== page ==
What's Tony Thinking

Fifty Years Ago

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This Wednesday, April 4, will make 50 years since the assassination of the Rev. Dr. Martin Luther King Jr.

While I do remember exactly where I was when I heard the news of JFK’s assassination in 1963 — fifth period geometry class — I do not remember precisely where I was or how I heard of King’s death. ¬†But I do remember gathering that dark evening with other students at Willamette University to release our anger, grieve and try to make sense of what was happening.

That spring Eugene McCarthy won the Democratic Primary in Oregon. I worked for him there in Oregon. And I remember McCarthy’s main challenger at that point, Robert F. Kennedy, campaigning old-style, coming though town on a train. From the back of the caboose RFK spoke, mis-pronouncing “Willamette,” the name of both the geographical area (the Willamette Valley) and the University. He lost Oregon. Later that spring, Robert Kennedy would also be assassinated in Los Angeles.

Riots followed King’s assassination in Detroit, L.A. and Washington, D. C. and a score of other U.S. cities. “Burn, baby, burn.” There were more riots later that the summer in Chicago at the Democratic Convention. Abbie Hoffman and the Yippees. Hapless Hubert Humphrey was nominated to face Richard “Law and Order” Nixon in the fall election.

It was a wild and chaotic time. And all of this was happening against the backdrop of the Vietnam War.

Remembering and describing it all, it sounds worse than the present time, 2018 fifty years later. Was it worse then? Or now? I don’t know. I have a sense that then we were all playing from the same basic playbook, democracy contested. Now, I’m not so sure. Democracy in jeopardy.

What I do know is that in the spring of 1968 I was in love. Linda and I would be married the following spring.

With Vietnam looming, I was also vexed and perplexed as to whether I could in good conscience file for CO, “Conscientious Objector” status for the military draft. My religious background, Congregationalist, was not one of the historic “peace churches.” My father had served in WWII, and I was pretty sure that if I had been 19 then, in 1942, I would probably have gone into the army as he did. Could I really be a “CO”?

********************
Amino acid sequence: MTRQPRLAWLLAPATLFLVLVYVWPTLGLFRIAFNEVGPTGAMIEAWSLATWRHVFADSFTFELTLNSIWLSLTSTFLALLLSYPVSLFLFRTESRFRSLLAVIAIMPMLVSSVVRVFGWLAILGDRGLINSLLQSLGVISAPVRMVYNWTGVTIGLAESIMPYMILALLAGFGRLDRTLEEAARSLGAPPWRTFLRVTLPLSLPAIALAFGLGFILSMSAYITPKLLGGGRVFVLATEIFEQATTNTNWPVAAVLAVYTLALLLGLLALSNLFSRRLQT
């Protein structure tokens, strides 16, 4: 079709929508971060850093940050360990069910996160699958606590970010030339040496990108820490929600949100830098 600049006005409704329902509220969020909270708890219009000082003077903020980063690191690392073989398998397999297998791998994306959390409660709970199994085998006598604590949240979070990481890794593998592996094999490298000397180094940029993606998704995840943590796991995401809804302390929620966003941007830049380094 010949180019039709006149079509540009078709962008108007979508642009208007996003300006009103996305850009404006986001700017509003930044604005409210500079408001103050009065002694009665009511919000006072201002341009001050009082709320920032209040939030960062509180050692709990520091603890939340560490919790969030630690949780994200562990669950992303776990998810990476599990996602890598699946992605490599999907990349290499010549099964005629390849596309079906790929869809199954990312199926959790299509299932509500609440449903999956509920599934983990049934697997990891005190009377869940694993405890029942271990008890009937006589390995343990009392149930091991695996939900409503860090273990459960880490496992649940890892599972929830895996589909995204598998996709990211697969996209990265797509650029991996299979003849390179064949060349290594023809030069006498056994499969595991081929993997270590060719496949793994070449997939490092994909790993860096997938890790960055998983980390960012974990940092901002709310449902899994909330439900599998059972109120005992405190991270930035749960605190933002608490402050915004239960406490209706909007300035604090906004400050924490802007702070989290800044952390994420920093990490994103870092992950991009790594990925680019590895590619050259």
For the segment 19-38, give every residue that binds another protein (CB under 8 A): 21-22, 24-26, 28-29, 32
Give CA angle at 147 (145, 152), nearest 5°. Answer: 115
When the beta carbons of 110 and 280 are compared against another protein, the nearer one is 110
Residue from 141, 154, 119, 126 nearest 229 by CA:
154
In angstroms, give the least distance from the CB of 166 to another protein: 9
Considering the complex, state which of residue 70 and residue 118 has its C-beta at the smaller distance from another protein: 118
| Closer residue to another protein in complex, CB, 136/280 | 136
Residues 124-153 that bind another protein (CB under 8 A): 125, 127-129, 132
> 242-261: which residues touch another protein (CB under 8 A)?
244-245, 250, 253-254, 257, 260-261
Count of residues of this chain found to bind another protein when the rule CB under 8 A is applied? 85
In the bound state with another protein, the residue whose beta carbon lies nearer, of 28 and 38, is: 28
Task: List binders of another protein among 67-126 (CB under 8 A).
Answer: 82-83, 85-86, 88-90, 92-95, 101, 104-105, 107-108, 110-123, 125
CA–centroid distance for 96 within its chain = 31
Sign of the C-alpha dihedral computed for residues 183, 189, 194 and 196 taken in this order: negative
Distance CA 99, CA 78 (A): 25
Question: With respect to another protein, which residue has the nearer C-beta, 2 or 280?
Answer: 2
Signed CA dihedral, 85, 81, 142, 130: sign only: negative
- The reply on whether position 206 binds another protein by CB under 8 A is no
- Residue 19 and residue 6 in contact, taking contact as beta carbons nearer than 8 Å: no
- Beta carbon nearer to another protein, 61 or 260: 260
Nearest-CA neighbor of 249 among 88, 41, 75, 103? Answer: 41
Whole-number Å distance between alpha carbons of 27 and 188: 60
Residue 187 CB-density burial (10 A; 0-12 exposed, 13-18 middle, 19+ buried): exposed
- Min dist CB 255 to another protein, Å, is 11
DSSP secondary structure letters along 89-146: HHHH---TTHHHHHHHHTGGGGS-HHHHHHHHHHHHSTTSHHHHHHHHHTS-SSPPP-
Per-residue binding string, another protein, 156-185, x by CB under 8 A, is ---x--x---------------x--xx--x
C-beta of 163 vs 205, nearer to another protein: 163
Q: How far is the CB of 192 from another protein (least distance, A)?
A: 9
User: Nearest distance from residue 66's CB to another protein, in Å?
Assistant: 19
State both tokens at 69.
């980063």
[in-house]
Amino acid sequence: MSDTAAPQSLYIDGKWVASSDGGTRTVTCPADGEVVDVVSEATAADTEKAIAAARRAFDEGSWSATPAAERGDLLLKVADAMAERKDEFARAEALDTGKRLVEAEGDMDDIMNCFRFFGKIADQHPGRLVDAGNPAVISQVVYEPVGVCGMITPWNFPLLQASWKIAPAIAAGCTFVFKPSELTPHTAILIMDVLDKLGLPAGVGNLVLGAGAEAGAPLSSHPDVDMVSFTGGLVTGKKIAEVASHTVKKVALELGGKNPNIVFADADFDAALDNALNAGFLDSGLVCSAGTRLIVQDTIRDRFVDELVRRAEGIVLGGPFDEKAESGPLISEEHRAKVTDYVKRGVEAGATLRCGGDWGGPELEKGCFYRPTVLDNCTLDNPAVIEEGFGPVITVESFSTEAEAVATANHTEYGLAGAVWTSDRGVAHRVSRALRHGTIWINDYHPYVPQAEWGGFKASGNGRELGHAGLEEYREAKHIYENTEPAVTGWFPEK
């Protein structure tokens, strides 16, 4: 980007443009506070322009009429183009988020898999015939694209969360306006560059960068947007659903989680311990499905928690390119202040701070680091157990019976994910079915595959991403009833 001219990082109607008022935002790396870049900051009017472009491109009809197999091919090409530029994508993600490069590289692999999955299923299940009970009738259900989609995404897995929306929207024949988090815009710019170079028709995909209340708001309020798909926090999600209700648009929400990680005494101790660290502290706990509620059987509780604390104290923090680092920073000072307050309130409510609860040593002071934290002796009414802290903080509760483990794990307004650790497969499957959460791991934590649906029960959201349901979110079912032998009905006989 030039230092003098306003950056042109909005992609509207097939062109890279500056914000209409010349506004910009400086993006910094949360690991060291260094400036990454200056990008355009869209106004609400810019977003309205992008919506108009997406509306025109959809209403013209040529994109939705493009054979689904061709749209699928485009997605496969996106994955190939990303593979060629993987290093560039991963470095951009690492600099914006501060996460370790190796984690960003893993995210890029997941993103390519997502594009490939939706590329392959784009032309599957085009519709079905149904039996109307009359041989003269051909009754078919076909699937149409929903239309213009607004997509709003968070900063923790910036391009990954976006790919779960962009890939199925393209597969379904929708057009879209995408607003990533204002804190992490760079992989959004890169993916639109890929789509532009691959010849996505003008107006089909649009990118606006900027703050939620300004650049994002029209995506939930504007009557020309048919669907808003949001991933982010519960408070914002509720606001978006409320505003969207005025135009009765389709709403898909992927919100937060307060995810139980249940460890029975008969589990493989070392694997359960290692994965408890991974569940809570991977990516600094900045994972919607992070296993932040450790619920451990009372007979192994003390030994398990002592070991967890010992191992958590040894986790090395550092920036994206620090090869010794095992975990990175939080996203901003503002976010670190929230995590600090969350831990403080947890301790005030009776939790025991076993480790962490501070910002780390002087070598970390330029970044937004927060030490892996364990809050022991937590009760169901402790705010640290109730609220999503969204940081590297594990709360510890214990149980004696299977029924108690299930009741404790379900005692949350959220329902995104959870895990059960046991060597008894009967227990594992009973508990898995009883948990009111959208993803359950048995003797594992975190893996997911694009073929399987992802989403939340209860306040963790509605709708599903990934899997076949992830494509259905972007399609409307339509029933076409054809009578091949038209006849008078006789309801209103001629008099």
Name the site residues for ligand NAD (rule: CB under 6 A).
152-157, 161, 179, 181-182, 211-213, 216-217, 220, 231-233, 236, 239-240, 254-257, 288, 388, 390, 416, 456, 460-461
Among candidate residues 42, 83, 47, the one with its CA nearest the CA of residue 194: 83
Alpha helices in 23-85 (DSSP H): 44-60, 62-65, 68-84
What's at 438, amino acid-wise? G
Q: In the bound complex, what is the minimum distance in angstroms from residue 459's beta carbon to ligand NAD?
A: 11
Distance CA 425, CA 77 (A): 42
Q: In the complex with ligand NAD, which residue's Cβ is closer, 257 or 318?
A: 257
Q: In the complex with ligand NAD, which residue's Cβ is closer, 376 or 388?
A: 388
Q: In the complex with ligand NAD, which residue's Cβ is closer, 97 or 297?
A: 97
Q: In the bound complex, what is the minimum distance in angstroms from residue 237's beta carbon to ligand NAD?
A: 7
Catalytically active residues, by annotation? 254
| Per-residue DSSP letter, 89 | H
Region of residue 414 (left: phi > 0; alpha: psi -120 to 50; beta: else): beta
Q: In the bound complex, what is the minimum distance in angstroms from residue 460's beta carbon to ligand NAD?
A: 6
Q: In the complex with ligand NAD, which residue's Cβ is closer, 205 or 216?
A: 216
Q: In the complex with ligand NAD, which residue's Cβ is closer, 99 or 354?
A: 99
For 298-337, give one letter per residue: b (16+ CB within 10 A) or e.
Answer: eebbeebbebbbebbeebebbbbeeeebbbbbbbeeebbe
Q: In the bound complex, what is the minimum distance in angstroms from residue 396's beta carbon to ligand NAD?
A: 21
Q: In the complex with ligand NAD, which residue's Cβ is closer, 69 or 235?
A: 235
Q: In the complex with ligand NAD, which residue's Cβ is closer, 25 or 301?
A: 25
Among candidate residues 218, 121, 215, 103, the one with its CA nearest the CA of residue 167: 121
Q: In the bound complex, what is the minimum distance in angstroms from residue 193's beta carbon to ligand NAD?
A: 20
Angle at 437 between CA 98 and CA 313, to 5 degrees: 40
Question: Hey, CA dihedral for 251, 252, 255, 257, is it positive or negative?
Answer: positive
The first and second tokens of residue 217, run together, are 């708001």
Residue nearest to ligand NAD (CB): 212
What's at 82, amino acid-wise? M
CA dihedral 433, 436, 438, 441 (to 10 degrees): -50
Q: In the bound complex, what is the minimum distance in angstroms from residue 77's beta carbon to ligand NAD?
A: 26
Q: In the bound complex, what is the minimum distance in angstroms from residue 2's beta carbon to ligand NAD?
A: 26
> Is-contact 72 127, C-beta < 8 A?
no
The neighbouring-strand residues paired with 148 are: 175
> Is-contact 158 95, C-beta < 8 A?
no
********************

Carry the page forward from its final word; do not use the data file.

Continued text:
And I was involved, in the spring of 1968, in starting Willamette’s first soccer team. I wouldn’t have remembered this except that a month or so ago I got a letter indicating that we “founding fathers” of soccer at Willamette had been nominated for the University’s “Athletic¬†Hall of Fame.” (I didn’t know such a thing existed until now.)

At the time of I got this letter of nomination, the 2018 men’s soccer team was in the national finals for their NCAA division. You’ve come a long way, baby! And there’s an outstanding women’s soccer team as well.

So how does all this add up — fifty years later?

Though the times then had, as they do now, an apocalyptic tone, we were still gambling on the future. We were falling in love and getting married. A marriage that has yielded two wonderful sons and one terrific daughter, and — to date — six grandchildren. But more, for our marriage funded my 40 years as a minister and Linda’s career as a teacher and principal.

And the seeds we planted for a new inter-collegiate sport, in that crazy time, have borne fruit in a team and program of national stature.

The take-away? Despite the cataclysms and tragedies of our day, we continued to push, often by fits and starts, toward the future and toward life.

You never know quite how the seeds you plant will do. Will they bear fruit or not? In our own present troubled times, the message would seem to be, “keep planting.” Keep planting the seeds of hope and of life.

 

 

 

 

 

 

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